Acupuncture and Chinese medicine have enjoyed a long and successful history of treating a wide variety of headache patterns. Migraine headaches currently affect around 5 million Americans. The cause of migraines eludes many of its sufferers. Certain foods have been identified as triggers. Stress, anxiety, and hormonal imbalances have also been found to play a role. Many people with migraines feel hopeless, as they have tried conventional medications such as imitrex without good effect.
In Chinese medicine, migraines have a few different causes. The number one pattern underlying migraines is liver qi stagnation. This means that the functional energy of the liver becomes stuck and hyperactive. This is usually due to pent up anger or a chronic inability to express one’s emotions. Liver related headaches tend to run along the temples, as the gall bladder meridian, which is closely connected with the liver, travels through this area.
Neck pain is one of the most common reasons for doctor visits. It is estimated that approximately a million people currently suffer with chronic neck pain. Acupuncture is one of the most widely used treatment options for neck pain, as it has a proven history of effectively treating this condition.
In Acupuncture theory, pain is said to be caused by the stagnation of either Qi (energy or life force) or blood in the body. When energy gets stuck, pain results. Pain that is due to qi stagnation tends to be rather mild or achy in nature, whereas pain due to blood stagnation is more severe, sharp, fixed, or stabbing. Acupuncture is often effective in either case, as it has the unique ability to regulate the circulation of Qi and restore blood flow through painful areas.
Acupuncture works by regulating the flow of Qi in meridians, which can be seen as networks that distribute Qi through the body. The meridians correspond to the major organs of the body. The bladder meridian runs along the nape of the neck and is, therefore, primarily implicated in the treatment of neck pain. The energy of the bladder meridian relates to fear, anxiety, ambition, will power, and urgency. Therefore, many people with neck pain also have deeper layers of fear that need to be released, either from whiplash as occurs in a car accident, or in relating to the daily life circumstances of work, money, and survival. The Qi tends to get stuck around the point Bladder 10 at the nape of the neck, which is a central point for clearing fear and anxiety.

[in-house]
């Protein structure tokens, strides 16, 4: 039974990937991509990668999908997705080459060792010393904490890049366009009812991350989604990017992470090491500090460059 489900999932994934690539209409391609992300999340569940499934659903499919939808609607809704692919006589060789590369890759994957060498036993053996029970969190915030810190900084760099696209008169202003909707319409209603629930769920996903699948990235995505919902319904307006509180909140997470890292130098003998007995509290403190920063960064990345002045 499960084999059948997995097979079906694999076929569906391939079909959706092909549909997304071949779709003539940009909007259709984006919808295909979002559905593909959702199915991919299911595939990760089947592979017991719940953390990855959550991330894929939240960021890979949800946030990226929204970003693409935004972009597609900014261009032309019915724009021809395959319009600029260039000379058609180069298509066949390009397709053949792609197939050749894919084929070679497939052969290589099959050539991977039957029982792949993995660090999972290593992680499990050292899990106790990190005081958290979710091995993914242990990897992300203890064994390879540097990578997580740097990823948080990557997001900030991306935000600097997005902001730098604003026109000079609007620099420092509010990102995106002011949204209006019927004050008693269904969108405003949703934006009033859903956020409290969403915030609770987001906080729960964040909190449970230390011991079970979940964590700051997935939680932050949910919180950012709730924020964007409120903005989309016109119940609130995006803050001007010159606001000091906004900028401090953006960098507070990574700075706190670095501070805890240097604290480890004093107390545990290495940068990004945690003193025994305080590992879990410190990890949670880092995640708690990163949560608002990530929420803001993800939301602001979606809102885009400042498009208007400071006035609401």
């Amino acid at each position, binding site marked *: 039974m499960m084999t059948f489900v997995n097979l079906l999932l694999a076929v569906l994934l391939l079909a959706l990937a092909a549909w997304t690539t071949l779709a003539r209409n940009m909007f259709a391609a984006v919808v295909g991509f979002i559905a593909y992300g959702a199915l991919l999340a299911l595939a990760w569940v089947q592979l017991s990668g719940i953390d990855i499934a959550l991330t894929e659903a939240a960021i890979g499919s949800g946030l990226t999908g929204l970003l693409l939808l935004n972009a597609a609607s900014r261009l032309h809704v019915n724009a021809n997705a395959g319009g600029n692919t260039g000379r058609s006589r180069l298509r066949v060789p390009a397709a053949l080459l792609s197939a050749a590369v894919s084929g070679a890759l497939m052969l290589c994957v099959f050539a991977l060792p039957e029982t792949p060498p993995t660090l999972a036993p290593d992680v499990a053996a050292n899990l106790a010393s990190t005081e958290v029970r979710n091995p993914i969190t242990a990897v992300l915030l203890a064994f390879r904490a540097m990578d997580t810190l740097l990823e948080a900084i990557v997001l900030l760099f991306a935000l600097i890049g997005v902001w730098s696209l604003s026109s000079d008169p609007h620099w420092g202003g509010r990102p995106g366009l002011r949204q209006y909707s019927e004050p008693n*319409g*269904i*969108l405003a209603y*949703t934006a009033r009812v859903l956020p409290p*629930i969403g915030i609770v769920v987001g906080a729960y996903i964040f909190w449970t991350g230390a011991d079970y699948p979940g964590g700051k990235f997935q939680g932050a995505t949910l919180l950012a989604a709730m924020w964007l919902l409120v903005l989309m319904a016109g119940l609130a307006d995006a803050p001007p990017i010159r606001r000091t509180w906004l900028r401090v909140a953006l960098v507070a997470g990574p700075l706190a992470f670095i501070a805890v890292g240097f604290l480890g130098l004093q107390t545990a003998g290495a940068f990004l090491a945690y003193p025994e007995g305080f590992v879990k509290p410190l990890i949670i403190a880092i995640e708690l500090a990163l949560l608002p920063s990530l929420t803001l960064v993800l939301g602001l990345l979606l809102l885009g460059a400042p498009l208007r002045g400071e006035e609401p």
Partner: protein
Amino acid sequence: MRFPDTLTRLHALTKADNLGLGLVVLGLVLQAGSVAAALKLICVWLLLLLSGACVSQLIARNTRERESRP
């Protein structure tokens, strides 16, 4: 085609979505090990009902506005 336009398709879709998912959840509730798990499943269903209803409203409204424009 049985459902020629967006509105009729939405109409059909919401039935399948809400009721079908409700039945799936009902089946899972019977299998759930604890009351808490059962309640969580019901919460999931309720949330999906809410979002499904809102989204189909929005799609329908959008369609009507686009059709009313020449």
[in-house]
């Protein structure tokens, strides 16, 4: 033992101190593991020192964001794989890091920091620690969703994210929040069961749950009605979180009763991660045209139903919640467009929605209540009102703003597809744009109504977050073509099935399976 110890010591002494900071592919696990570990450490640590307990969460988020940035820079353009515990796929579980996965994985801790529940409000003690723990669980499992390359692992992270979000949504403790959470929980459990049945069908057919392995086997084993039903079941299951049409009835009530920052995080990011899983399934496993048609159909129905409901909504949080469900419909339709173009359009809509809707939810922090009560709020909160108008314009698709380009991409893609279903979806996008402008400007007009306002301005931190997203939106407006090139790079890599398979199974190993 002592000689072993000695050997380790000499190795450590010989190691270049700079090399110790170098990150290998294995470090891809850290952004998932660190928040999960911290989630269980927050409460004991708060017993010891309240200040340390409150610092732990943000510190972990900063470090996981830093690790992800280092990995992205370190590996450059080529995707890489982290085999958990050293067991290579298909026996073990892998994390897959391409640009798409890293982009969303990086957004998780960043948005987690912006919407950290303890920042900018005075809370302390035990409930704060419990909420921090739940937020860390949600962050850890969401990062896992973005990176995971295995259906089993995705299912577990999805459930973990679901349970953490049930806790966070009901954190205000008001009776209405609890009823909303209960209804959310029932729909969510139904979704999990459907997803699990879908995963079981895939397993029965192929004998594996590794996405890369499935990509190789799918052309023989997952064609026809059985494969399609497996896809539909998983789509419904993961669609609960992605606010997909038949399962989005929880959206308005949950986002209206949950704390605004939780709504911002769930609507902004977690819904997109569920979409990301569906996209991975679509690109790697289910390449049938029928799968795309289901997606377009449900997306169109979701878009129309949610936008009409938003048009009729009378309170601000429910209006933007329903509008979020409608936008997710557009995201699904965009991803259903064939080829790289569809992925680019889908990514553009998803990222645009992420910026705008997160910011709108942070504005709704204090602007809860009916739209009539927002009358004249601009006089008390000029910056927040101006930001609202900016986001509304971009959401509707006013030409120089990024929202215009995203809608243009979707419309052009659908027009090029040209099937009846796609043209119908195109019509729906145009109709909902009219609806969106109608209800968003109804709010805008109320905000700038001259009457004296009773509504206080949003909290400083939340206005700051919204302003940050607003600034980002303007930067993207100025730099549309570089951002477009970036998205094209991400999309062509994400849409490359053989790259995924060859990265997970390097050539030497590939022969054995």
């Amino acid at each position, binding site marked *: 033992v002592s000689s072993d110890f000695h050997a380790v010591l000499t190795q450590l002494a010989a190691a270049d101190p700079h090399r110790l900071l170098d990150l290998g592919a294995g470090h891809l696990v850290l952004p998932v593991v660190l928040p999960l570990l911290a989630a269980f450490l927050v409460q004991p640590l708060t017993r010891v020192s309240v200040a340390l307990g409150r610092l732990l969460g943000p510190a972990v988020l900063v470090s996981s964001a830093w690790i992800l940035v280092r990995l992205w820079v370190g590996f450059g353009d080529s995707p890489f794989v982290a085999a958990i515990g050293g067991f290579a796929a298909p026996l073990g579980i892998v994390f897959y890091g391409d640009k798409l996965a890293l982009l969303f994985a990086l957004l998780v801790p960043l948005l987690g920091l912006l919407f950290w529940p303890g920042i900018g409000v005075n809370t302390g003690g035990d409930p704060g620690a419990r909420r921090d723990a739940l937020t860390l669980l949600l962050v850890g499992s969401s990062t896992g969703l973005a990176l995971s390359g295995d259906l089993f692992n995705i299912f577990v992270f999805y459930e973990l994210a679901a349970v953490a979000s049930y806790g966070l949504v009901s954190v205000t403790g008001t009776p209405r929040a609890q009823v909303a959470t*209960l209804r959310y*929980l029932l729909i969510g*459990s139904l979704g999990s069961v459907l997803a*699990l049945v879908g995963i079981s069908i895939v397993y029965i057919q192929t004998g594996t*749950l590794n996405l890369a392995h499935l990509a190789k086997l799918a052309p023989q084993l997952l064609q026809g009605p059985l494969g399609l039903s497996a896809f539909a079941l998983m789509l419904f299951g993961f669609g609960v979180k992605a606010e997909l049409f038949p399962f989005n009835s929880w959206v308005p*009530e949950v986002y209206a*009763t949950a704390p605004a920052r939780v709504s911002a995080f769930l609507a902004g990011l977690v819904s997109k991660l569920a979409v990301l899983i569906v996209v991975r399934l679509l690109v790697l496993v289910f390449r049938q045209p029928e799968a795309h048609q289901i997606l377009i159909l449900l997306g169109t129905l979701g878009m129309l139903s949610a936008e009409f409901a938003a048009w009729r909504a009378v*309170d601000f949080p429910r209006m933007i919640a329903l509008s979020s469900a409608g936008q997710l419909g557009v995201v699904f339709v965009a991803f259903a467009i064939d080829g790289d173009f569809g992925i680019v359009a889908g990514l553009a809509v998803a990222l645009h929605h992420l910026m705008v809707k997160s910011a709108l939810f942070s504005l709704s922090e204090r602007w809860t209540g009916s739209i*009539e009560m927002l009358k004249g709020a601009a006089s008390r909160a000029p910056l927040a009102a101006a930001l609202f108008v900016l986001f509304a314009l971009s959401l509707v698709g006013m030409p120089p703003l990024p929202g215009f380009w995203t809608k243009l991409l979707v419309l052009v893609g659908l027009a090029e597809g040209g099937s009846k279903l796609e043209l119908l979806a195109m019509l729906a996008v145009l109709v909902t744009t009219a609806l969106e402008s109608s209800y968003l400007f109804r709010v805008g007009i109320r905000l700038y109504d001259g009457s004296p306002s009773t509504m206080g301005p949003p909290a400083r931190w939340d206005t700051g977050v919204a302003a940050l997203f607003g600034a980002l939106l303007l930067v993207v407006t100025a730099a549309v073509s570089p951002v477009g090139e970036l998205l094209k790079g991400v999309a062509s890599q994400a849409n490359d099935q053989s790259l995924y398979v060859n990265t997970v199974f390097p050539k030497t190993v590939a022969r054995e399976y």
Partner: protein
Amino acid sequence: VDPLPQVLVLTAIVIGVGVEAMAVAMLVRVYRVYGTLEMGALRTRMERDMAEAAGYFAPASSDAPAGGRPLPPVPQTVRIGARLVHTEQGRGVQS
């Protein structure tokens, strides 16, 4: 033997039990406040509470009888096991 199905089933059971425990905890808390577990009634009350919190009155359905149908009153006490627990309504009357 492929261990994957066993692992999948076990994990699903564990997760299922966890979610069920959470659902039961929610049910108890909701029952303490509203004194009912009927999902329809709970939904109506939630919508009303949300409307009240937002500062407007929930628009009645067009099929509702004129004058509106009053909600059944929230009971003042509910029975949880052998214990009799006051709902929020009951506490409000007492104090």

Acupuncture should be a relaxing, gentle treatment approach, even if the painful area is being stimulated. There are occasions where the neck won’t be touched at all, as the treatment will be more effective by stimulating distal points that correspond to the imbalanced meridian.
While acupuncture is an excellent treatment option for all kinds of neck pain, Chinese herbs are used frequently as well. The following formulas are used regularly for this purpose:
Neck Formula by Plum Flower: This formula has been found to be 92% effective in Chinese hospitals for treating all kinds of neck pain.
Ease Plus by Health Concerns: Helps with neck and upper back tension due to excessive stress and worry
Ge gen tang: Often used for neck pain due to the onset of a cold, but has been applied for many types of chronic neck pain as well. This formula has also been found to be useful for helping chiropractic adjustments hold for longer periods of time.
Regular yoga practice is also of great benefit for most kinds of chronic neck pain. The following poses all have a direct action on creating space between the cervical discs and relieving muscle tension through the upper back into the occipital region:
standing forward bend
downward facing dog
Meditation and deep breathing exercises can also be helpful, as most people with chronic neck and upper back pain tend to breathe quite superficially. Training yourself to breathe more deeply oxygenates the muscle tissue and provides an internal massage for the deepest layers of your musculature.
Most of our patients with chronic neck pain commit to acupuncture once a week for 4-6 visits, at which time we reassess for progress. Most patients find that they feel much better after each treatment, not only in relation to the neck pain, but in their overall sense of health and well being.
Acupuncture and Chinese medicine have proven to be effective for many people who suffer from sciatica. This condition, which is characterized by nervy and gnawing pain that radiates from the low back down one or both legs, can be debilitating and frustrating. Many patients have tried conventional therapies such as pain medications, physical therapy, and chiropractic but still struggle with the condition.
In acupuncture theory, pain is believed to be due to stuck energy and blood in the body. It is always a result of impeded circulation, which can lead to inflammation or degeneration. In the case of sciatica, the gall bladder meridian is typically in need of energetic balancing. This meridian runs from the piriformus muscle in the buttocks down the lateral side of the legs, which is the pathway of the sciatic nerve. Qi stagnation (stuck energy) occurs in this meridian due to suppressed anger and stress. Because of this, a common dynamic amongst sciatica patients is that they tend to hold onto anger or express it inappropriately.